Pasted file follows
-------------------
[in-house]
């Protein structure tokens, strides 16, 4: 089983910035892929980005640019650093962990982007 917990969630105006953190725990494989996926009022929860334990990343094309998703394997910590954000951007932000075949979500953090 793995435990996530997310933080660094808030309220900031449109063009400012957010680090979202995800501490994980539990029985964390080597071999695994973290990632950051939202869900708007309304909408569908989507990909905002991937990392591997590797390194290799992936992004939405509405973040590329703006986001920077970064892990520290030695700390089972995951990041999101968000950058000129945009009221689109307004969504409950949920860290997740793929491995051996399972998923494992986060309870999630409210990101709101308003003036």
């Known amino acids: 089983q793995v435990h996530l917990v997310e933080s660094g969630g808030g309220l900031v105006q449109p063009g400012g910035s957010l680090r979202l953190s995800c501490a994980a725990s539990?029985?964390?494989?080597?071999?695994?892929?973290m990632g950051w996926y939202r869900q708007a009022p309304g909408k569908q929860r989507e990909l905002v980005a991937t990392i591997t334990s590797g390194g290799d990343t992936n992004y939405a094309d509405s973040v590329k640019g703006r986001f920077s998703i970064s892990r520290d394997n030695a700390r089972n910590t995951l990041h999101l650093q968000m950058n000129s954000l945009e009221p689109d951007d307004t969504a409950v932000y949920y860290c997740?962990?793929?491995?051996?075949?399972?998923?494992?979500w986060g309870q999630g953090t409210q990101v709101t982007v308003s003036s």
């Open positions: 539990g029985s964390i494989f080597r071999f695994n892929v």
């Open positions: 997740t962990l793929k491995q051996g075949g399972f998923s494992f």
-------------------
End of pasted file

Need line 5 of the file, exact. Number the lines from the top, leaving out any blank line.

């Open positions: 997740t962990l793929k491995q051996g075949g399972f998923s494992f």